Amedeo Avogadro was an Italian physicist who originated the hypothesis that equal volumes of all gases, under the same pressure and temperature conditions, contain the same number of molecules. He made this hypothesis in 1811, and it has since been fully proven and is now known as Avogadro’s law. Avogadro was born on August 9th, 1776, in Turin, Italy, to an artistic family.
Avogadro practiced law and then studied physics and mathematics. He was appointed professor of physics at Vercelli in 1809. In 1811, he set forth his famous hypothesis, now known as Avogadro’s law. The law states that equal volumes of all gases at the same temperature and pressure contain the same number of molecules.
Avogadro’s law helped overcome flaws in John Dalton’s atomic theory. Avogadro also distinguished between an atom and a molecule, and made it possible to determine a correct table of atomic weights. The correction and standardization of atomic weights began in 1858 when Stanislao Cannizzaro, an Italian chemist, reminded other chemists about Avogadro’s work. The hypothesis was virtually ignored by chemists because when it was tested in 1881, appropriate temperatures were not used by other scientists. Avogadro’s number, stated as 6.0221367 x 10^23, states that a mole of any substance is that quantity of the substance that weighs (in grams) the same as its molecular weight.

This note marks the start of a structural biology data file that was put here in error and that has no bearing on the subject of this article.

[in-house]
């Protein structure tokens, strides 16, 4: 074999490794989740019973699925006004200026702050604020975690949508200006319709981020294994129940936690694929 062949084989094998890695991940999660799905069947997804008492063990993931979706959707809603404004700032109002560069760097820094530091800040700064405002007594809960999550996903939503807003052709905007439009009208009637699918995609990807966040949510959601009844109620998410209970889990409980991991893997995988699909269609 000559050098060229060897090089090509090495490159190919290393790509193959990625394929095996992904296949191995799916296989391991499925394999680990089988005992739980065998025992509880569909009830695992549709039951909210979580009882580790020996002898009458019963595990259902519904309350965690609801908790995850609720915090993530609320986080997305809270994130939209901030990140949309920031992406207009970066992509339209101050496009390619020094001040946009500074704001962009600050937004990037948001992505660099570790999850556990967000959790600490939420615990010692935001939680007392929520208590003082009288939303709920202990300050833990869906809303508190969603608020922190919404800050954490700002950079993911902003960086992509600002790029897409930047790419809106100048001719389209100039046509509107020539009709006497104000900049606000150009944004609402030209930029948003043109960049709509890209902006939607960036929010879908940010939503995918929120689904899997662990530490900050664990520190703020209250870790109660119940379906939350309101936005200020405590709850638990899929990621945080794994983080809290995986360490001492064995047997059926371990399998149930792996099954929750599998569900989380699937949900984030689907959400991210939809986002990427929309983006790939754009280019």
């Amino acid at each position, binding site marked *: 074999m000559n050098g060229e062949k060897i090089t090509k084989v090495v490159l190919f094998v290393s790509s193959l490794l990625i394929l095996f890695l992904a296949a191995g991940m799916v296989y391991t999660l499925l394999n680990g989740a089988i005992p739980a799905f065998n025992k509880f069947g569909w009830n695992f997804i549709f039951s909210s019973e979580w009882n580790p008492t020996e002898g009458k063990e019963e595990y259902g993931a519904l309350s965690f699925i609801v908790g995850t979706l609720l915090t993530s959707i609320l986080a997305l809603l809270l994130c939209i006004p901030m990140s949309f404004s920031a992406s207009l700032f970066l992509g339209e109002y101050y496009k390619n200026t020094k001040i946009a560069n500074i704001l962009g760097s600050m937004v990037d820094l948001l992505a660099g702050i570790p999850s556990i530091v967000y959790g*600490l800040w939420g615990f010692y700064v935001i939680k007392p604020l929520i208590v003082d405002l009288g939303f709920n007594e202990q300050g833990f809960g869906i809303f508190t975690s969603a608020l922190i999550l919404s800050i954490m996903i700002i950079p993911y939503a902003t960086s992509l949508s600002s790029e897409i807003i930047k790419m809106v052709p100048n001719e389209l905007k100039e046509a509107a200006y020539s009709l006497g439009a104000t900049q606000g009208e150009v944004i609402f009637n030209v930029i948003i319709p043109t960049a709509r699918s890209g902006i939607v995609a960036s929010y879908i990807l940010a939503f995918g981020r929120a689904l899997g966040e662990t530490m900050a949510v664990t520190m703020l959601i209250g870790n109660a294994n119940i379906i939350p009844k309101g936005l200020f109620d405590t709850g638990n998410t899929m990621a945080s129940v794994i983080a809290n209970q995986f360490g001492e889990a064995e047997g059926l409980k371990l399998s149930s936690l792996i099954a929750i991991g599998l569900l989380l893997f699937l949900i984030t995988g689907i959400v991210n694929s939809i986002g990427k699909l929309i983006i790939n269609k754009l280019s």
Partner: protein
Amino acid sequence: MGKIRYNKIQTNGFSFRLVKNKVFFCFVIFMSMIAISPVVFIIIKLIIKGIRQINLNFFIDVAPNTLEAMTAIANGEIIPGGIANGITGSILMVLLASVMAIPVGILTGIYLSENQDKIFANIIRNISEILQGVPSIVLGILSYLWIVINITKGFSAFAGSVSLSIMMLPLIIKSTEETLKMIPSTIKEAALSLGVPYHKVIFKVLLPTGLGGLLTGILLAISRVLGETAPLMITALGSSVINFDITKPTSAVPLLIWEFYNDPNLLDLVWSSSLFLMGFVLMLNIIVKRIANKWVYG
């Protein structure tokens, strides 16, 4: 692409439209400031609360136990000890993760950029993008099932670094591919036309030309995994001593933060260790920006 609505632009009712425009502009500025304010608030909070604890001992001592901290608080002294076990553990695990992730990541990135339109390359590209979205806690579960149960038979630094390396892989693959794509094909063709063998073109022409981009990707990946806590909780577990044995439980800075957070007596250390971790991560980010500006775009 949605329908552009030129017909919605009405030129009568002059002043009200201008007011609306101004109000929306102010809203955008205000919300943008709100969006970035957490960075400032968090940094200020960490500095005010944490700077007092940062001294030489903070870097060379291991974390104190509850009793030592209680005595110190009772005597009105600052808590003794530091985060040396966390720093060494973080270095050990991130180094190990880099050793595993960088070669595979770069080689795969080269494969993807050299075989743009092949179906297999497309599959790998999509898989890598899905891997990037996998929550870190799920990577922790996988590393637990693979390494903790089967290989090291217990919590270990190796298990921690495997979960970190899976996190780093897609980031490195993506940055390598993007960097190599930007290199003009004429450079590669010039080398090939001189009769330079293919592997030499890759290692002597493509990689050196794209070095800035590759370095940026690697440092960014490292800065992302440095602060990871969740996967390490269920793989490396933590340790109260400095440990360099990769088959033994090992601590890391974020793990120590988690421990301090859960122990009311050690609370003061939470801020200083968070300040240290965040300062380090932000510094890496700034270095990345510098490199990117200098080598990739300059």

For example, molecular oxygen has a weight of 32 grams (16 for each oxygen atom). One mole of oxygen weighs 32 grams. A mole of a substance always contains the same number of molecules, known as Avogadro’s law. Therefore, Avogadro’s law can be stated in terms of moles, namely that equal volumes of gases at the same temperature and pressure contain the same number of molecules. This can be achieved by simply weighing out an equal number of moles. Avogadro’s number holds true for all substances, regardless of their state.